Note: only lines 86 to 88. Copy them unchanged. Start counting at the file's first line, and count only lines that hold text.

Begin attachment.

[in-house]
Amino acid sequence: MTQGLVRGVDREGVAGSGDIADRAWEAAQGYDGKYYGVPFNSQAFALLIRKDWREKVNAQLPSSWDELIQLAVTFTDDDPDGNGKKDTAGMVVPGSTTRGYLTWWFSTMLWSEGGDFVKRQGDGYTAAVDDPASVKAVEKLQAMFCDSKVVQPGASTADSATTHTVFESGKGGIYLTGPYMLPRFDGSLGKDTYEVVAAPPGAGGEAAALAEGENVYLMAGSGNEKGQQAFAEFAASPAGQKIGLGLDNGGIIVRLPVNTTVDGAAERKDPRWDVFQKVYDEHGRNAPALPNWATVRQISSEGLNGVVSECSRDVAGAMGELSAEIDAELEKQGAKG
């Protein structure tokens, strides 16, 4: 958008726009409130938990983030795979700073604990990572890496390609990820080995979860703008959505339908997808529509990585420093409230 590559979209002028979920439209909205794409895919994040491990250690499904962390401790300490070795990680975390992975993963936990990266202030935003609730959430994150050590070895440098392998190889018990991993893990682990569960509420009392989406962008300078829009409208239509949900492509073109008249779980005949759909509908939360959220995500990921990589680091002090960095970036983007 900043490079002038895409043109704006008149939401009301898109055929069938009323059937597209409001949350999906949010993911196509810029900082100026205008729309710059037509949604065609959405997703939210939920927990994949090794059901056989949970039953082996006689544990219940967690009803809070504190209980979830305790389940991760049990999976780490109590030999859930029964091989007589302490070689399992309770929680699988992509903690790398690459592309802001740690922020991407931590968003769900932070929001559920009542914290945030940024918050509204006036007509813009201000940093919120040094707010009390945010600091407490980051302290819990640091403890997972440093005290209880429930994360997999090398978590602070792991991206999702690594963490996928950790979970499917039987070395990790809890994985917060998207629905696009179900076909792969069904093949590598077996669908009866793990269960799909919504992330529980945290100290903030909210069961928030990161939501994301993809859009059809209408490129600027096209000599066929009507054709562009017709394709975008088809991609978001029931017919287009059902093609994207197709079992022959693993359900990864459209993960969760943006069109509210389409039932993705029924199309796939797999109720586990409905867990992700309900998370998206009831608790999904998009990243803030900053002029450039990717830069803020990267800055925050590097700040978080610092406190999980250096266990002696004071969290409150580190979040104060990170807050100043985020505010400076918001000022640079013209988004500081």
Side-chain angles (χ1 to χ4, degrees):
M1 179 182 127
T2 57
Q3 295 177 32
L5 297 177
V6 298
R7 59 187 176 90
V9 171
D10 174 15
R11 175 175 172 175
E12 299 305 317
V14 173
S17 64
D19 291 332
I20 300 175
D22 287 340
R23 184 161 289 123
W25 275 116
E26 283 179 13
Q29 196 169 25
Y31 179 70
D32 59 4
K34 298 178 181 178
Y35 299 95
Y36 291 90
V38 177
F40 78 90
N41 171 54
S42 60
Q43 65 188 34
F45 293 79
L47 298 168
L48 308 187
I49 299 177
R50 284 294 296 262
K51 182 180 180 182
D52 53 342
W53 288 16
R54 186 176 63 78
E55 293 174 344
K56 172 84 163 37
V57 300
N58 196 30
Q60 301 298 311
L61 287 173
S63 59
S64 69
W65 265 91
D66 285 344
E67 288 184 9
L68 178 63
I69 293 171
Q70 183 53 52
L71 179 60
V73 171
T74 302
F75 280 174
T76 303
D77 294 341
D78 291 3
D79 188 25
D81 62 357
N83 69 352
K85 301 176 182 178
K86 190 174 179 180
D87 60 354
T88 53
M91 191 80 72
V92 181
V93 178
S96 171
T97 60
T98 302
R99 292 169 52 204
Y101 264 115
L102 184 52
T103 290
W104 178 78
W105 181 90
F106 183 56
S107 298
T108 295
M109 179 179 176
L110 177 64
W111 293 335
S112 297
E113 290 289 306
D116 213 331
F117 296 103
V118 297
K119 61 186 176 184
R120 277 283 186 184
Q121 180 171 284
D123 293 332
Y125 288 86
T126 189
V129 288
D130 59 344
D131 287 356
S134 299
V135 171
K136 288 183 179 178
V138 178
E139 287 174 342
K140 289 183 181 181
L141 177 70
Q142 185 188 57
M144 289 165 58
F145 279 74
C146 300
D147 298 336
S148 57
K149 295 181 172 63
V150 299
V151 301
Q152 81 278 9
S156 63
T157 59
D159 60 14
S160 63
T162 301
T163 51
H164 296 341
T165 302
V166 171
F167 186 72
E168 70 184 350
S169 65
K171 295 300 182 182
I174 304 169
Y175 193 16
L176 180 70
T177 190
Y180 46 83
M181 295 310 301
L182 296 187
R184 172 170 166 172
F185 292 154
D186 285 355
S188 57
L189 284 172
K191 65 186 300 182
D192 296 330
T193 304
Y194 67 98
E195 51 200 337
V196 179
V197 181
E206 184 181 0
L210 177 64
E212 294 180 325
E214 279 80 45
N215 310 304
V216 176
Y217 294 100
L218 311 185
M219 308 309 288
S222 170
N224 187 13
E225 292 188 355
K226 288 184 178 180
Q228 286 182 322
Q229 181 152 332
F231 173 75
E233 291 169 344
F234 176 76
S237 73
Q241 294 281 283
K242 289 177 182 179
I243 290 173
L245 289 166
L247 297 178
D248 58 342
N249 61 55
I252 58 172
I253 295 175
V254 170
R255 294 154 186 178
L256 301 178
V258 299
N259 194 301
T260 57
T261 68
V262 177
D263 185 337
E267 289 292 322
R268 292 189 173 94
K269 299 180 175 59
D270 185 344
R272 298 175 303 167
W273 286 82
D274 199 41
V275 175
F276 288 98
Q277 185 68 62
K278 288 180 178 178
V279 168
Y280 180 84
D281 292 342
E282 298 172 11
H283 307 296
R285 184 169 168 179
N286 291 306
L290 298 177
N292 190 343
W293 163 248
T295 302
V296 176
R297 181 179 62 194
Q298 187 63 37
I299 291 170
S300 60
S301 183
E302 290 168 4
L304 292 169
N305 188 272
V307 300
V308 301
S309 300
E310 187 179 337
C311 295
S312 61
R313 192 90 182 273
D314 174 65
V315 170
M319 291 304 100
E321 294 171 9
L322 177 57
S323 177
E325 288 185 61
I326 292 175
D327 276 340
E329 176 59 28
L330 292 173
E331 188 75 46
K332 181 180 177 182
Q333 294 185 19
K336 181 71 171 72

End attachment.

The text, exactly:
M109 179 179 176
L110 177 64
W111 293 335